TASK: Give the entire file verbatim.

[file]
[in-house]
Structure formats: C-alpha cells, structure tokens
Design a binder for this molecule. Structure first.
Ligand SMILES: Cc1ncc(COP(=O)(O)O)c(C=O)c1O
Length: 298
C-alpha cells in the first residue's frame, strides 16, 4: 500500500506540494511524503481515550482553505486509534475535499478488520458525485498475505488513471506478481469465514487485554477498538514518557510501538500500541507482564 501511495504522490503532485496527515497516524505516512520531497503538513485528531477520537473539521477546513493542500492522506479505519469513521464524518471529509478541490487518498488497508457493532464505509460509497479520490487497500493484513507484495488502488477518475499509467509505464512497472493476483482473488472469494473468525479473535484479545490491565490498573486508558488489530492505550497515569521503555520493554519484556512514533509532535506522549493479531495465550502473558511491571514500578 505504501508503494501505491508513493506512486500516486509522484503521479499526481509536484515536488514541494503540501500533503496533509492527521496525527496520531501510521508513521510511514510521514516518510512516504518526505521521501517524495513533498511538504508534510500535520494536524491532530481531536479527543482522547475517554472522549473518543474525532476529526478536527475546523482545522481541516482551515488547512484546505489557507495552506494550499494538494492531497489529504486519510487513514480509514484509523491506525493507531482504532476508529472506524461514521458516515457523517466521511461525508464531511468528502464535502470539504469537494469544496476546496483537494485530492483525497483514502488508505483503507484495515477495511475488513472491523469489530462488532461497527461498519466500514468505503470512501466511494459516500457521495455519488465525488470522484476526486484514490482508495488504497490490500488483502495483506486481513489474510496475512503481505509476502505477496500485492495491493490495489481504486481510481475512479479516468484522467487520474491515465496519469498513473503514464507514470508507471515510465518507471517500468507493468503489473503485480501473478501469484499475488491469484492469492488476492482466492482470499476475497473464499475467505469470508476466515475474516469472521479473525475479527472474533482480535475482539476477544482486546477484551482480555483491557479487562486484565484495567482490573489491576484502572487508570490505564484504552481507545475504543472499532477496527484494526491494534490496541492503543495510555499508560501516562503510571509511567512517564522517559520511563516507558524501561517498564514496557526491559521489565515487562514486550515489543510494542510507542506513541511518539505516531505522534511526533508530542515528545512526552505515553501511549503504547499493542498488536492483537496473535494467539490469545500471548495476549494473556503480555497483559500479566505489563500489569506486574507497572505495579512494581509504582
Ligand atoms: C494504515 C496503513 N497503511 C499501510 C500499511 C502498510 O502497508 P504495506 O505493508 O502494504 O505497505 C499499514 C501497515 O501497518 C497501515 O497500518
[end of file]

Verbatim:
[in-house]
Structure formats: C-alpha cells, structure tokens
Design a binder for this molecule. Structure first.
Ligand SMILES: Cc1ncc(COP(=O)(O)O)c(C=O)c1O
Length: 298
C-alpha cells in the first residue's frame, strides 16, 4: 500500500506540494511524503481515550482553505486509534475535499478488520458525485498475505488513471506478481469465514487485554477498538514518557510501538500500541507482564 501511495504522490503532485496527515497516524505516512520531497503538513485528531477520537473539521477546513493542500492522506479505519469513521464524518471529509478541490487518498488497508457493532464505509460509497479520490487497500493484513507484495488502488477518475499509467509505464512497472493476483482473488472469494473468525479473535484479545490491565490498573486508558488489530492505550497515569521503555520493554519484556512514533509532535506522549493479531495465550502473558511491571514500578 505504501508503494501505491508513493506512486500516486509522484503521479499526481509536484515536488514541494503540501500533503496533509492527521496525527496520531501510521508513521510511514510521514516518510512516504518526505521521501517524495513533498511538504508534510500535520494536524491532530481531536479527543482522547475517554472522549473518543474525532476529526478536527475546523482545522481541516482551515488547512484546505489557507495552506494550499494538494492531497489529504486519510487513514480509514484509523491506525493507531482504532476508529472506524461514521458516515457523517466521511461525508464531511468528502464535502470539504469537494469544496476546496483537494485530492483525497483514502488508505483503507484495515477495511475488513472491523469489530462488532461497527461498519466500514468505503470512501466511494459516500457521495455519488465525488470522484476526486484514490482508495488504497490490500488483502495483506486481513489474510496475512503481505509476502505477496500485492495491493490495489481504486481510481475512479479516468484522467487520474491515465496519469498513473503514464507514470508507471515510465518507471517500468507493468503489473503485480501473478501469484499475488491469484492469492488476492482466492482470499476475497473464499475467505469470508476466515475474516469472521479473525475479527472474533482480535475482539476477544482486546477484551482480555483491557479487562486484565484495567482490573489491576484502572487508570490505564484504552481507545475504543472499532477496527484494526491494534490496541492503543495510555499508560501516562503510571509511567512517564522517559520511563516507558524501561517498564514496557526491559521489565515487562514486550515489543510494542510507542506513541511518539505516531505522534511526533508530542515528545512526552505515553501511549503504547499493542498488536492483537496473535494467539490469545500471548495476549494473556503480555497483559500479566505489563500489569506486574507497572505495579512494581509504582
Ligand atoms: C494504515 C496503513 N497503511 C499501510 C500499511 C502498510 O502497508 P504495506 O505493508 O502494504 O505497505 C499499514 C501497515 O501497518 C497501515 O497500518